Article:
In over 70 countries, from financial centers in Malaysia to the Middle East, Islamic finance has been growing rapidly around the world. In fact, Shariah-compliant financial assets have increased from about US$5 billion in the late 1980s to about US$1 trillion in 2010. Even more impressive is that this class of financial instruments appears to have avoided many of the worst effects of the recent crisis, making it an increasingly attractive investment vehicle.
Given its rapid growth and relative stability, are there lessons we can garner from Islamic finance? Three years after the onset of the global financial crisis—as regulators are still grappling with how to deal with predatory lending practices, opaque derivatives, and overly leveraged financial institutions—can Shariah-compliant finance challenge our notion of conventional banking?
Perhaps it can. By and large, Islamic finance relies on the core principles of Islam concerning property rights, social and economic justice, wealth distribution, and governance. Two of its main tenants are the prohibition of interest on debt in any form and the removal of ambiguous contracts to enhance disclosure and proscribe deception. Among its other key precepts is a commitment to back all financial contracts by assets and activities in the real economy, as well as an emphasis on the principles of morality and ethics in conducting business.
According to the most recent Economic Premise , authored by World Bank Managing Director Mahmoud Mohieldin, these underpinnings have generally helped Islamic banks escape some of the worst effects of the 2008 financial crisis. To be sure, Mohieldin notes that “The recent financial crisis affected the asset quality of conventional banks adversely. In contrast, as shown in recent research, Islamic banks had higher asset quality, were better capitalized, and more likely to continue their financial intermediation role during crises than their conventional counterparts.” As they were not exposed to subprime and toxic assets and had instead maintained a close connection to the real sector, only when the real economy contracted and real estate prices dropped did Islamic financial institutions begin to feel the second round effects of the crisis.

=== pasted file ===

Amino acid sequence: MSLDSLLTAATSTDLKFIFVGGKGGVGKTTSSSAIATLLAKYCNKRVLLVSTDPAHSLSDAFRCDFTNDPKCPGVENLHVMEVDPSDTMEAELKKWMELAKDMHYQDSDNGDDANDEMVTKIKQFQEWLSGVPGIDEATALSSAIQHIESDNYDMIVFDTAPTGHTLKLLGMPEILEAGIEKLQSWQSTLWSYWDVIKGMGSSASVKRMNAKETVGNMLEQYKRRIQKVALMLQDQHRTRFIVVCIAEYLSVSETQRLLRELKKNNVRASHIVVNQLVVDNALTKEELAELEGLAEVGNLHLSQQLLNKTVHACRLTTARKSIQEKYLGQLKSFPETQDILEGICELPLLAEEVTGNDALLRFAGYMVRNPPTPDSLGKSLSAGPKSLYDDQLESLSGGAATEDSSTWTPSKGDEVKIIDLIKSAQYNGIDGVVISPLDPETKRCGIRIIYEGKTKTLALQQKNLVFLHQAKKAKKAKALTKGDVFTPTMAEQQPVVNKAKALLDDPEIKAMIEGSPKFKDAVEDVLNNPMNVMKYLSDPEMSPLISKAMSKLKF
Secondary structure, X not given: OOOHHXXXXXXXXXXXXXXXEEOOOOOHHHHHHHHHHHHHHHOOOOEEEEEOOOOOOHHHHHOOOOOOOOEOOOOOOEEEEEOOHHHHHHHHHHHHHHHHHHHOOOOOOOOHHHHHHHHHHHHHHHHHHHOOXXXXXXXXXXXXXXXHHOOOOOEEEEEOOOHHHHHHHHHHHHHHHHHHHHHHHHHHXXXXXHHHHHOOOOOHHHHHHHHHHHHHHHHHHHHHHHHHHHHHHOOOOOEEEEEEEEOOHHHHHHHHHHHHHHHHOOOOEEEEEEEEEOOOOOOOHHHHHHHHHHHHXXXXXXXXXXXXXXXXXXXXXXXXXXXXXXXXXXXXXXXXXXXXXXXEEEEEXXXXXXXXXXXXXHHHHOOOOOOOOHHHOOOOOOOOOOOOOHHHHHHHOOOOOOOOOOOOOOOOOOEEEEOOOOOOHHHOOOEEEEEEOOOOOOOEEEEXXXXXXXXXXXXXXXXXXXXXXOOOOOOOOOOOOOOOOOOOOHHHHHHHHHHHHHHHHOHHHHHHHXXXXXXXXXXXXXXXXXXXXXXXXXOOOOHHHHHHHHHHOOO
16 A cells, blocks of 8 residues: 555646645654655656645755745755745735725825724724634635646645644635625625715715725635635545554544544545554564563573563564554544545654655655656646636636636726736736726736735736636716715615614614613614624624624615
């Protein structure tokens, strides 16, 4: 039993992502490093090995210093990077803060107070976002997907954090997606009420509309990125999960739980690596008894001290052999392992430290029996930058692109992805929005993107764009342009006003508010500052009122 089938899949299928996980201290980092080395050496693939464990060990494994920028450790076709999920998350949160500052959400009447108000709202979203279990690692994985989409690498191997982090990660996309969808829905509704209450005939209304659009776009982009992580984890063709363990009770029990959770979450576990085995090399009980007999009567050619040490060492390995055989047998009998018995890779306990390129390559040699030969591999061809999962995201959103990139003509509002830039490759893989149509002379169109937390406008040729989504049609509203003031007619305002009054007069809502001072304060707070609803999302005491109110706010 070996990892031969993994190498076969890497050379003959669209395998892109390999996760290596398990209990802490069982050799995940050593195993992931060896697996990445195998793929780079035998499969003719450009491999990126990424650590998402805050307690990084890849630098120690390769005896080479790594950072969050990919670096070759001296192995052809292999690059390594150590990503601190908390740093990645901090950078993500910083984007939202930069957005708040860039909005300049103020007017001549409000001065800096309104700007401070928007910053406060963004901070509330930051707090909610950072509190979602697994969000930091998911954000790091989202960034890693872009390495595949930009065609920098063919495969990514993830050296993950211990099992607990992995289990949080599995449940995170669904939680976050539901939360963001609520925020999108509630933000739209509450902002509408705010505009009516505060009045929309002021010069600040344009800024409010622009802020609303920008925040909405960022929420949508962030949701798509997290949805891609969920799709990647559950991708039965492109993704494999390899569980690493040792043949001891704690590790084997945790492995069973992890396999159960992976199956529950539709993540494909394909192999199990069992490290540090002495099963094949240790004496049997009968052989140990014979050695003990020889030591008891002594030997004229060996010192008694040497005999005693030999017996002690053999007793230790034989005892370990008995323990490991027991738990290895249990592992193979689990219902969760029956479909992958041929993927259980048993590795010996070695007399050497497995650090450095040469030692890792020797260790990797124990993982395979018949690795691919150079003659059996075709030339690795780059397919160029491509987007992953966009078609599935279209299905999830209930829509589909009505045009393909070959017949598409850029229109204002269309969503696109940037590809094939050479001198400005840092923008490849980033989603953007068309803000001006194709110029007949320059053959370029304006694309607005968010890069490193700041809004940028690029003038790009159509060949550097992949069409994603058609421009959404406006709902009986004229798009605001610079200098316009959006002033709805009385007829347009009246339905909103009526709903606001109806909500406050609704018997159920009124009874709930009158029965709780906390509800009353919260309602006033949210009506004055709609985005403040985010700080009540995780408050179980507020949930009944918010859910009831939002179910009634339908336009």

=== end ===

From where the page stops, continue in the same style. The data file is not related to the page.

Yet as Islamic finance continues to grow, some challenges still need to be met. For example, the Economic Premise notes that many aspects of Islamic finance suffer from emulation and reengineering of conventional instruments, which result in inefficiencies and higher transaction costs. In addition, challenges associated with Basel III core capital requirements—which place Islamic financial institutions at a disadvantage—need to be addressed. By dealing with these and other issues, Islamic finance could increasingly meet the preferences of local cultures, augment financial inclusion and intermediation, and contribute to financial stability and development in the years ahead.